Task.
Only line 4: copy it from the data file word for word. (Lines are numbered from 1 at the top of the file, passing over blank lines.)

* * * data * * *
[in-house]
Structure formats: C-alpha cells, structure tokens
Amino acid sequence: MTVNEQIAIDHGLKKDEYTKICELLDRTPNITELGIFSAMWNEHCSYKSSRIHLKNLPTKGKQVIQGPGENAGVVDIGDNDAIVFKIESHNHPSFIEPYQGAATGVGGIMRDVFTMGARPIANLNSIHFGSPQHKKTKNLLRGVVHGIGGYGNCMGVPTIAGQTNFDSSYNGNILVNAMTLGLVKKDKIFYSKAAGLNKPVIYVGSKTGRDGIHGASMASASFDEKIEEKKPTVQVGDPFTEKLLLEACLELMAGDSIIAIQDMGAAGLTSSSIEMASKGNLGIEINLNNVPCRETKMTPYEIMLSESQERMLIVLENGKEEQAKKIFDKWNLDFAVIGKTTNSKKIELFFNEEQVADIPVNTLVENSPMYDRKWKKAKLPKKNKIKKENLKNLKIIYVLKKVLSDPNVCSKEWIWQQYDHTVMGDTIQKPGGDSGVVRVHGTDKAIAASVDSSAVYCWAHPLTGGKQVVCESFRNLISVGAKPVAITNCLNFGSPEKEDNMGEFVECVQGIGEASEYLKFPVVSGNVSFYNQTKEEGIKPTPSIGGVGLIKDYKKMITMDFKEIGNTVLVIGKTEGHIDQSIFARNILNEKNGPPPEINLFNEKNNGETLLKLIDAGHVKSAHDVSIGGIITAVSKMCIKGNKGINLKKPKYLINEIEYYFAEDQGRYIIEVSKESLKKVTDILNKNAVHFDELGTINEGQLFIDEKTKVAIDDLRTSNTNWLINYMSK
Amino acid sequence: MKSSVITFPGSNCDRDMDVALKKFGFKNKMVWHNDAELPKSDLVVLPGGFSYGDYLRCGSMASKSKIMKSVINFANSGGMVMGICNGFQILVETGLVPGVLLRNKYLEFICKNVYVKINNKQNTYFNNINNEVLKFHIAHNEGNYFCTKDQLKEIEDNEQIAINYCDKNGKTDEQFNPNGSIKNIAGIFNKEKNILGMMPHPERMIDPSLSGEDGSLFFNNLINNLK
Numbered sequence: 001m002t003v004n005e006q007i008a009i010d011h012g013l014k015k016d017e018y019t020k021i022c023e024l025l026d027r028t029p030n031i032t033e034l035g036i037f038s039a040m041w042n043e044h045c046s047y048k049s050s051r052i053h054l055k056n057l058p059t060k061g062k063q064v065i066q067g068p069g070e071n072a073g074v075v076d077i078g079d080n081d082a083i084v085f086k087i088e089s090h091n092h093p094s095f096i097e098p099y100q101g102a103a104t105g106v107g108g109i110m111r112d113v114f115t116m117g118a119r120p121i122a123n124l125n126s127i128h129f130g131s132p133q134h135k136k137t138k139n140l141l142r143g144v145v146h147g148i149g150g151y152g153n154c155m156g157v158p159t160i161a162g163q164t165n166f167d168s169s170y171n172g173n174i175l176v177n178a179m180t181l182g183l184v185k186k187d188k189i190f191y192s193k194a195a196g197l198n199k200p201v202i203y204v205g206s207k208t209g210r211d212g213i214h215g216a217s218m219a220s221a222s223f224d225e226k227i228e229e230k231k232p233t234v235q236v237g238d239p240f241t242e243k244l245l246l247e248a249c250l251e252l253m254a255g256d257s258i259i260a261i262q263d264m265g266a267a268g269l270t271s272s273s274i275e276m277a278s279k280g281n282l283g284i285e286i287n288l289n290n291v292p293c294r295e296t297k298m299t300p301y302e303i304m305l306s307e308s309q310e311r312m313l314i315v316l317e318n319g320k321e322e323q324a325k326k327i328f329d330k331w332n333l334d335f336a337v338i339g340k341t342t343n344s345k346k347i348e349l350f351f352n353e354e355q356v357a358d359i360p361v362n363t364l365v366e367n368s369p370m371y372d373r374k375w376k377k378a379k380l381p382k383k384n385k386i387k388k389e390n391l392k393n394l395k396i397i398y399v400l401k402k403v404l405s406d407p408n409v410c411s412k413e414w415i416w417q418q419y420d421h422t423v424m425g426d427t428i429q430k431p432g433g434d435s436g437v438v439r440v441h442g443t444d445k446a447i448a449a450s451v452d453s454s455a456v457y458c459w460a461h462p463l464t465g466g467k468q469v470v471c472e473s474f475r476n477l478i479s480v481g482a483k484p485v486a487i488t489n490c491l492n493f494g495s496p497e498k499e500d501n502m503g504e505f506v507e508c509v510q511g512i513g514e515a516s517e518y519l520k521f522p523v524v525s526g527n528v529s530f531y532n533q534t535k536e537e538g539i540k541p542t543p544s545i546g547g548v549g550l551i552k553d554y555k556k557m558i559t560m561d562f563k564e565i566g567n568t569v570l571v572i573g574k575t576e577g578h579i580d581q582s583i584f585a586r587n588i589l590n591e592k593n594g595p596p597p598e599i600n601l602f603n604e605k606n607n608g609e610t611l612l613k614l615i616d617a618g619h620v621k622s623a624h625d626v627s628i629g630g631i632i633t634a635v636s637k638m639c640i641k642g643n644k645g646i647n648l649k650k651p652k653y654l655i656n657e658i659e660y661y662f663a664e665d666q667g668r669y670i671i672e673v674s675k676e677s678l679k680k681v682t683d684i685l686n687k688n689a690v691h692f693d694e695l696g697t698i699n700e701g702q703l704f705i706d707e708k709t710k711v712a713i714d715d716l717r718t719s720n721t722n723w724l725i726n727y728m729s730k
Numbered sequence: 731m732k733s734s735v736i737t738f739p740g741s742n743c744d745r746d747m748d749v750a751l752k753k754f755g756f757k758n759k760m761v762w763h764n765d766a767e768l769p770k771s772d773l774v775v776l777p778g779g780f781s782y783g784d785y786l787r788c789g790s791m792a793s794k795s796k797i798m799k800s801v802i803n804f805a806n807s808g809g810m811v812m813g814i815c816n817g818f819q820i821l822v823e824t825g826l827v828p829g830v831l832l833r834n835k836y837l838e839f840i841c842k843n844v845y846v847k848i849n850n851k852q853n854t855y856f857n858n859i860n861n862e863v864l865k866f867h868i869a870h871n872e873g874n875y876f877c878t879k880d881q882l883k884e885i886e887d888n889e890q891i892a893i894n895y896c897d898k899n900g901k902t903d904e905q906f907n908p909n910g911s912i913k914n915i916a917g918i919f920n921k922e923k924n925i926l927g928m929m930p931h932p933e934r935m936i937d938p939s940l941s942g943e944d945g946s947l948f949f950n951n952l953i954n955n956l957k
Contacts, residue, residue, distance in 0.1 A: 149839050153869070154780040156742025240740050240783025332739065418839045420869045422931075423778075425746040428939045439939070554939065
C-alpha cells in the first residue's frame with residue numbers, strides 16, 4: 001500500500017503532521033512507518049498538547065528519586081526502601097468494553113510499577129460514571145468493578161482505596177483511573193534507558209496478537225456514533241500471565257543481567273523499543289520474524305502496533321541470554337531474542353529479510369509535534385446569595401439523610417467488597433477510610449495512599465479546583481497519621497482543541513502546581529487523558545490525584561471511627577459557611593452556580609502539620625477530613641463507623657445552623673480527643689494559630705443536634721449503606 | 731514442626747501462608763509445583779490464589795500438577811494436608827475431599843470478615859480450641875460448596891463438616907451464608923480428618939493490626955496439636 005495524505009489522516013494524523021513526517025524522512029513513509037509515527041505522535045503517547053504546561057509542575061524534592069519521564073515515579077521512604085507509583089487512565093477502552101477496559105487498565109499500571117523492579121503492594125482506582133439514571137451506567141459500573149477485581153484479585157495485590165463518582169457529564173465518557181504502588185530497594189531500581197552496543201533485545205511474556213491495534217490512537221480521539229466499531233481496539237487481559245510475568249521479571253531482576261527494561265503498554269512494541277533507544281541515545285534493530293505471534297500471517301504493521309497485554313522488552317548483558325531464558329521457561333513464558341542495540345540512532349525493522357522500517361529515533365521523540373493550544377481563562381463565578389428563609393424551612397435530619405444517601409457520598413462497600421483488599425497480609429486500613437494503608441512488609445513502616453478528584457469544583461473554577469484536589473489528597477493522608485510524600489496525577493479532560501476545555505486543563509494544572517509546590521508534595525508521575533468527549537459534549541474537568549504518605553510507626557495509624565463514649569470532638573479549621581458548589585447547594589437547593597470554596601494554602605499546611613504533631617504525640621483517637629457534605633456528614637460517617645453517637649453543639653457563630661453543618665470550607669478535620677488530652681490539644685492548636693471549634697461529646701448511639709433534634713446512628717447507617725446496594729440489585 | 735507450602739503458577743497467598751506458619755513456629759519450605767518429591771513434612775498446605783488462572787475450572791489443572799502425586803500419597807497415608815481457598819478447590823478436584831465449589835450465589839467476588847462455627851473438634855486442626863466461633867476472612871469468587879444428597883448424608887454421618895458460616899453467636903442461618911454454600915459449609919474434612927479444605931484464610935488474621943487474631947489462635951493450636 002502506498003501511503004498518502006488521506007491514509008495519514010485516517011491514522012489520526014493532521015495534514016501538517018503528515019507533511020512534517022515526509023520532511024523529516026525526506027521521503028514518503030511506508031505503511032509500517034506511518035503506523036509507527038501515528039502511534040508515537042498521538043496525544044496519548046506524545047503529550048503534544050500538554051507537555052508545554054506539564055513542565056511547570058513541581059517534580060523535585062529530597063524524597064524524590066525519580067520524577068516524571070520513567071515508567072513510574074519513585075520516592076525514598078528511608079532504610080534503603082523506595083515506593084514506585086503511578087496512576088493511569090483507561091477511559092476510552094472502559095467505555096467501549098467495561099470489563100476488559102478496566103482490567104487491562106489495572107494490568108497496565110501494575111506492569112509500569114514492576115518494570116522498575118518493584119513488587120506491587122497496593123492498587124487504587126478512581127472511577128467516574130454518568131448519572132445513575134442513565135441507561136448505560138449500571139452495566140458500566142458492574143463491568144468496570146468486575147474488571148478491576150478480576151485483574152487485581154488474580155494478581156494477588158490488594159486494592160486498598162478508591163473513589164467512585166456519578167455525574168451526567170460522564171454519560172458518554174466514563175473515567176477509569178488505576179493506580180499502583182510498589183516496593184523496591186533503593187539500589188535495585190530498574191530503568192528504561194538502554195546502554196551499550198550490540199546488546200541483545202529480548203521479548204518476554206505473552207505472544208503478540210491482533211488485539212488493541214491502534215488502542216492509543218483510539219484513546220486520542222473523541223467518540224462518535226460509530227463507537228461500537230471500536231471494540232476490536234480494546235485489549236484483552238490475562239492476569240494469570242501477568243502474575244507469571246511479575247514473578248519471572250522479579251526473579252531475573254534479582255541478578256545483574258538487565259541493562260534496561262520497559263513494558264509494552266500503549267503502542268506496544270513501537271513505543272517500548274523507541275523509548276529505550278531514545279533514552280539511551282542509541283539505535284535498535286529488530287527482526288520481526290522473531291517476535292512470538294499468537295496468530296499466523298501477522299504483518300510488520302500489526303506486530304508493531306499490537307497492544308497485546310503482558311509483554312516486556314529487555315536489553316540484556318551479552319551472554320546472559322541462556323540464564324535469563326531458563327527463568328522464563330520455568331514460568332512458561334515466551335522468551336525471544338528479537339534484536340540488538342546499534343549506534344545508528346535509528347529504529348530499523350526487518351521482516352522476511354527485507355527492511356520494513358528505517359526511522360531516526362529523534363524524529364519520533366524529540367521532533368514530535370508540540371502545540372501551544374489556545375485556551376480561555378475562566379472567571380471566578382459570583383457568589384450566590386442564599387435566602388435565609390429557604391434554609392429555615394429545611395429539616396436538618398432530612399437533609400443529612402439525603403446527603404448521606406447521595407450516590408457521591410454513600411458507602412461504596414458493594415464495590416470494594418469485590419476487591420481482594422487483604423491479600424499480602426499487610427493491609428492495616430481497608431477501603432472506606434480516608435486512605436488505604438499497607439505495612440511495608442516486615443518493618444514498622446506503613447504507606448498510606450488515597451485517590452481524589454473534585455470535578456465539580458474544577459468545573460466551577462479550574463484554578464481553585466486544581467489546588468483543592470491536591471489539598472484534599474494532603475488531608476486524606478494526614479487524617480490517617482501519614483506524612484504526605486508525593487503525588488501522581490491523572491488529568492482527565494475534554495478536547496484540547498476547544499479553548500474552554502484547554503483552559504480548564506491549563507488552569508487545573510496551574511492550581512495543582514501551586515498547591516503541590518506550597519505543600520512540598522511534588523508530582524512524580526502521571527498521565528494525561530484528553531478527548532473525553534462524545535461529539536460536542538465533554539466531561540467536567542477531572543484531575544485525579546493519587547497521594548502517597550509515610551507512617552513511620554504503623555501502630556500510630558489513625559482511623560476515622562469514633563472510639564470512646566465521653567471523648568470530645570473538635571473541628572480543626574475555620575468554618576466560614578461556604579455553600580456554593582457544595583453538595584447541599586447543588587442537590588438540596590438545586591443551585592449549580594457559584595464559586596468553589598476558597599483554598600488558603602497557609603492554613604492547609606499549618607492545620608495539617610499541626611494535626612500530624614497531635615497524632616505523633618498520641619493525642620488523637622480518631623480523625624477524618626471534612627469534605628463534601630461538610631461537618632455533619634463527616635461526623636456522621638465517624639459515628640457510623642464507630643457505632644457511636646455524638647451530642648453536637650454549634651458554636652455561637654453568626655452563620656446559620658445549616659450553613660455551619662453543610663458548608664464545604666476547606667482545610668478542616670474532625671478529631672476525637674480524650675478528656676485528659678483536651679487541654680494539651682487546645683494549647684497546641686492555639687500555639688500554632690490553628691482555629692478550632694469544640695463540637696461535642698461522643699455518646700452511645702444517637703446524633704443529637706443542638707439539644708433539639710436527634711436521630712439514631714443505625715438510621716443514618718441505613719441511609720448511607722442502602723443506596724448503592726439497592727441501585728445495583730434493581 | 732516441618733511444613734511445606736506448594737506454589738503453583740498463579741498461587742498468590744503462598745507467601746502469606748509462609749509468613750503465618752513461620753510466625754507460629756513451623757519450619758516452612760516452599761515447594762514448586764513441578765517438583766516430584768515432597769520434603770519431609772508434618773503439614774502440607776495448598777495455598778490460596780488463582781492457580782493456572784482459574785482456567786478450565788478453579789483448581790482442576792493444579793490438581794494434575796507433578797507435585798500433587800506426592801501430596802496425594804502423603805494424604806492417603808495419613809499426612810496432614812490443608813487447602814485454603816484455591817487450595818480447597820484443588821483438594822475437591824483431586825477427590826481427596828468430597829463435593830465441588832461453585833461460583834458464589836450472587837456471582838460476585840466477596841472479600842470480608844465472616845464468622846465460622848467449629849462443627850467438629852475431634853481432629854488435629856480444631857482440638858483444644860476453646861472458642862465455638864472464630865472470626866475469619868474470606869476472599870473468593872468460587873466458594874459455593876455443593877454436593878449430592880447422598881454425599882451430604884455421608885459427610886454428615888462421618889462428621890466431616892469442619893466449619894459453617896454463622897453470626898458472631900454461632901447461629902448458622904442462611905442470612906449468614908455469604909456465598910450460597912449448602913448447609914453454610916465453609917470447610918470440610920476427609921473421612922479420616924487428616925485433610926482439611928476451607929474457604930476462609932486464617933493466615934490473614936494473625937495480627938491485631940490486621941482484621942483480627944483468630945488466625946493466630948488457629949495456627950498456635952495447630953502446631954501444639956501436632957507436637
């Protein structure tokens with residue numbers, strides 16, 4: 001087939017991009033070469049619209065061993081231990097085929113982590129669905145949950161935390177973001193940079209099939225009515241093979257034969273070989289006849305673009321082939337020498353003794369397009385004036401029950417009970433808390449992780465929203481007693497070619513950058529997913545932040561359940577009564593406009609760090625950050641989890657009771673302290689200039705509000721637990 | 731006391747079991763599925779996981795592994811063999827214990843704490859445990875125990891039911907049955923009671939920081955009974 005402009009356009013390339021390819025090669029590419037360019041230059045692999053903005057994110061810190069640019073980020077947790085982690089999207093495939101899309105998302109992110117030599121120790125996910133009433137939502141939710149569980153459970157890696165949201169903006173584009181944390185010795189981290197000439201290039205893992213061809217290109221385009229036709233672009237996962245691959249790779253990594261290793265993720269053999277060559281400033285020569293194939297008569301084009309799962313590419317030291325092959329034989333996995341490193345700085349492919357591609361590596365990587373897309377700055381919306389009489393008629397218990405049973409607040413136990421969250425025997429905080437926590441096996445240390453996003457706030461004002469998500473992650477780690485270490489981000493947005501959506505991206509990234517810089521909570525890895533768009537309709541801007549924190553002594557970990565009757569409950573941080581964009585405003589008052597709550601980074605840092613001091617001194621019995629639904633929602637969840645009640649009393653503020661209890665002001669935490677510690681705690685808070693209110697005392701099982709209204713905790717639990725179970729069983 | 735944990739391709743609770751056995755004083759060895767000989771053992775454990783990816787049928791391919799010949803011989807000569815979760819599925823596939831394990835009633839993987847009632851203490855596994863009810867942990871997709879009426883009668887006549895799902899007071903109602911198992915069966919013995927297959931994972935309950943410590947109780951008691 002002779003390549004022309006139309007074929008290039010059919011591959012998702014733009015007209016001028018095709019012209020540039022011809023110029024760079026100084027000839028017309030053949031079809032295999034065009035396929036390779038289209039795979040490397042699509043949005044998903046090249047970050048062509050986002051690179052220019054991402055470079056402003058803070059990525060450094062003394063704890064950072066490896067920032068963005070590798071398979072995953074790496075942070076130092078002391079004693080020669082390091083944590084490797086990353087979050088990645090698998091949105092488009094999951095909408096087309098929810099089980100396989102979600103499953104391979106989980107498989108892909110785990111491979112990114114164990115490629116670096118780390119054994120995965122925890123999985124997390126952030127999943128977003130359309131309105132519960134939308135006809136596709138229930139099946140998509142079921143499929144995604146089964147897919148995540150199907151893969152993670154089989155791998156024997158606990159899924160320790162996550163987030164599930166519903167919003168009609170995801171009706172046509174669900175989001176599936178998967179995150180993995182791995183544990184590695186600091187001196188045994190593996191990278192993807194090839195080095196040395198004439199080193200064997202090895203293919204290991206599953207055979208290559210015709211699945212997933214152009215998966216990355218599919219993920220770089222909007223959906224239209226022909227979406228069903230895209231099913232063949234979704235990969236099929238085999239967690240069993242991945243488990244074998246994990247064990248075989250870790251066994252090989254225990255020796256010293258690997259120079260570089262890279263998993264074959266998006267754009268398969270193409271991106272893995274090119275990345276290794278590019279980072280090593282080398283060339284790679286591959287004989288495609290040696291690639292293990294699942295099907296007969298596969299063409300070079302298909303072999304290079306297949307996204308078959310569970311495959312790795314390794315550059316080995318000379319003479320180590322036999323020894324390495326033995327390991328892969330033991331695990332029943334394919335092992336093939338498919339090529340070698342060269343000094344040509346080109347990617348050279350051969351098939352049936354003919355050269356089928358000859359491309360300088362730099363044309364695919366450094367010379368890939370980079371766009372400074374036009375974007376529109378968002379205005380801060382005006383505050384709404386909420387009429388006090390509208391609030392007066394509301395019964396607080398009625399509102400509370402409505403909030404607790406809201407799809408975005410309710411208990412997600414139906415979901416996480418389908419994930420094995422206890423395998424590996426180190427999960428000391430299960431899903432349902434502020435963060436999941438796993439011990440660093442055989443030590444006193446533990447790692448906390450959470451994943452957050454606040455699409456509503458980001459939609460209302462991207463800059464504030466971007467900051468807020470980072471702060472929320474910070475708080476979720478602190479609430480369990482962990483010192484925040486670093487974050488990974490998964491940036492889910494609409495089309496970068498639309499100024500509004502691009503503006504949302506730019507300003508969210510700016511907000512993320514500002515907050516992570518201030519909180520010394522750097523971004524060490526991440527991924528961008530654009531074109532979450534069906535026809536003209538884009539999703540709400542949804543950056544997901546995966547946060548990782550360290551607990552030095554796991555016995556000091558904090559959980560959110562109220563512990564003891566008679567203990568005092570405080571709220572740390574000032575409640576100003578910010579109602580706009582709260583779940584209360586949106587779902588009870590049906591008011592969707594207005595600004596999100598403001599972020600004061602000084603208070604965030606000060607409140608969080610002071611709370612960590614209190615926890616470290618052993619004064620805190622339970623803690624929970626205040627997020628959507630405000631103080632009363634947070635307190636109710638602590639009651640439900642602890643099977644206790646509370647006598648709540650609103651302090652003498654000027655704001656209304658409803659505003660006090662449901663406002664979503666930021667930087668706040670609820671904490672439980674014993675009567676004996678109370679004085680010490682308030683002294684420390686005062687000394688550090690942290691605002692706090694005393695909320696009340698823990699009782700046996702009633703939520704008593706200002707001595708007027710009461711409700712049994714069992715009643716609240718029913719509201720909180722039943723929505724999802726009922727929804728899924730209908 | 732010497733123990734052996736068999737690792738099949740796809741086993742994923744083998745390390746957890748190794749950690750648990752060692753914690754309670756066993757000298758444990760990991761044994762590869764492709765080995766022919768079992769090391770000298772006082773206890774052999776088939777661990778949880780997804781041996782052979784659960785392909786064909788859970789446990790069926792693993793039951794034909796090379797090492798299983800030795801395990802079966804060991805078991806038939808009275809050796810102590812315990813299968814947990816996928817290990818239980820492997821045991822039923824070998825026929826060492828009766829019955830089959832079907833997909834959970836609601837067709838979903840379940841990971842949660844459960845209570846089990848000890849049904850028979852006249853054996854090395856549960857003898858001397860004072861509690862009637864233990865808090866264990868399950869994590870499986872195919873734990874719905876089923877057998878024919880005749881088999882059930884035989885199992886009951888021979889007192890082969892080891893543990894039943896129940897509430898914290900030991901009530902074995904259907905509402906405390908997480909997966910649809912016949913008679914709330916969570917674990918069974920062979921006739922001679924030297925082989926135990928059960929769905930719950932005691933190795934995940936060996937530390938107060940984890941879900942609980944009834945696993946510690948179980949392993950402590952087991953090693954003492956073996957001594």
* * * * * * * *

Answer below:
Amino acid sequence: MKSSVITFPGSNCDRDMDVALKKFGFKNKMVWHNDAELPKSDLVVLPGGFSYGDYLRCGSMASKSKIMKSVINFANSGGMVMGICNGFQILVETGLVPGVLLRNKYLEFICKNVYVKINNKQNTYFNNINNEVLKFHIAHNEGNYFCTKDQLKEIEDNEQIAINYCDKNGKTDEQFNPNGSIKNIAGIFNKEKNILGMMPHPERMIDPSLSGEDGSLFFNNLINNLK